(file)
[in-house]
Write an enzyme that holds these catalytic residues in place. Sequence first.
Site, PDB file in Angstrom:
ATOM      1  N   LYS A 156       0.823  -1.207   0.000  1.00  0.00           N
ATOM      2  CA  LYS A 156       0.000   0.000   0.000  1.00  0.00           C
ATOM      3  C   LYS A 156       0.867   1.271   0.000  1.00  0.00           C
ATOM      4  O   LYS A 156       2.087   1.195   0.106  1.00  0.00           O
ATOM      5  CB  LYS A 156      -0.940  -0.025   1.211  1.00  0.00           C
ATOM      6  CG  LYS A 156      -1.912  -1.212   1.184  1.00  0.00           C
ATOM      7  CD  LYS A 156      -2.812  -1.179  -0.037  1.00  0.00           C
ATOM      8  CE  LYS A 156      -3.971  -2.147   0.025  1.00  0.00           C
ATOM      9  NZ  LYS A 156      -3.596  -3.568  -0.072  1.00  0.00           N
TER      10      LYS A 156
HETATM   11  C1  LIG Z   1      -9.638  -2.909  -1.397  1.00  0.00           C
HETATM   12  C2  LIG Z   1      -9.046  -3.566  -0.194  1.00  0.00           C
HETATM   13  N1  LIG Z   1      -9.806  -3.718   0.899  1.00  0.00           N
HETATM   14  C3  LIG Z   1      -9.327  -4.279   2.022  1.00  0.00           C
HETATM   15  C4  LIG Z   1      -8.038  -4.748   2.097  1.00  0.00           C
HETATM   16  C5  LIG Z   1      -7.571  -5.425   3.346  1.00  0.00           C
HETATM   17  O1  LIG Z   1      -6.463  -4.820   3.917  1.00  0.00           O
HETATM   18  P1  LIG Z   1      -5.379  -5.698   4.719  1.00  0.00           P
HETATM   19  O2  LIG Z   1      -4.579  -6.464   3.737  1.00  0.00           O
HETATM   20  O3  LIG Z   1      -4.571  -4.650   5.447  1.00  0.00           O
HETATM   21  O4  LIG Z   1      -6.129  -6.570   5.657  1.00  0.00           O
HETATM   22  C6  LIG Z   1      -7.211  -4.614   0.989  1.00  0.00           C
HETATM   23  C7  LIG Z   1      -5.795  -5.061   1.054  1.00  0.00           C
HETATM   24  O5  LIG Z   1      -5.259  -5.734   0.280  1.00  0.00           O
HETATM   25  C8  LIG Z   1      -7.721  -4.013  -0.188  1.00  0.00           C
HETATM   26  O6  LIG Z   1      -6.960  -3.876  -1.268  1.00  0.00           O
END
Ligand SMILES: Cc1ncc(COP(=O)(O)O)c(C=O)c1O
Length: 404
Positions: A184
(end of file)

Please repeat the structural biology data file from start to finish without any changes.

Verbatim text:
[in-house]
Write an enzyme that holds these catalytic residues in place. Sequence first.
Site, PDB file in Angstrom:
ATOM      1  N   LYS A 156       0.823  -1.207   0.000  1.00  0.00           N
ATOM      2  CA  LYS A 156       0.000   0.000   0.000  1.00  0.00           C
ATOM      3  C   LYS A 156       0.867   1.271   0.000  1.00  0.00           C
ATOM      4  O   LYS A 156       2.087   1.195   0.106  1.00  0.00           O
ATOM      5  CB  LYS A 156      -0.940  -0.025   1.211  1.00  0.00           C
ATOM      6  CG  LYS A 156      -1.912  -1.212   1.184  1.00  0.00           C
ATOM      7  CD  LYS A 156      -2.812  -1.179  -0.037  1.00  0.00           C
ATOM      8  CE  LYS A 156      -3.971  -2.147   0.025  1.00  0.00           C
ATOM      9  NZ  LYS A 156      -3.596  -3.568  -0.072  1.00  0.00           N
TER      10      LYS A 156
HETATM   11  C1  LIG Z   1      -9.638  -2.909  -1.397  1.00  0.00           C
HETATM   12  C2  LIG Z   1      -9.046  -3.566  -0.194  1.00  0.00           C
HETATM   13  N1  LIG Z   1      -9.806  -3.718   0.899  1.00  0.00           N
HETATM   14  C3  LIG Z   1      -9.327  -4.279   2.022  1.00  0.00           C
HETATM   15  C4  LIG Z   1      -8.038  -4.748   2.097  1.00  0.00           C
HETATM   16  C5  LIG Z   1      -7.571  -5.425   3.346  1.00  0.00           C
HETATM   17  O1  LIG Z   1      -6.463  -4.820   3.917  1.00  0.00           O
HETATM   18  P1  LIG Z   1      -5.379  -5.698   4.719  1.00  0.00           P
HETATM   19  O2  LIG Z   1      -4.579  -6.464   3.737  1.00  0.00           O
HETATM   20  O3  LIG Z   1      -4.571  -4.650   5.447  1.00  0.00           O
HETATM   21  O4  LIG Z   1      -6.129  -6.570   5.657  1.00  0.00           O
HETATM   22  C6  LIG Z   1      -7.211  -4.614   0.989  1.00  0.00           C
HETATM   23  C7  LIG Z   1      -5.795  -5.061   1.054  1.00  0.00           C
HETATM   24  O5  LIG Z   1      -5.259  -5.734   0.280  1.00  0.00           O
HETATM   25  C8  LIG Z   1      -7.721  -4.013  -0.188  1.00  0.00           C
HETATM   26  O6  LIG Z   1      -6.960  -3.876  -1.268  1.00  0.00           O
END
Ligand SMILES: Cc1ncc(COP(=O)(O)O)c(C=O)c1O
Length: 404
Positions: A184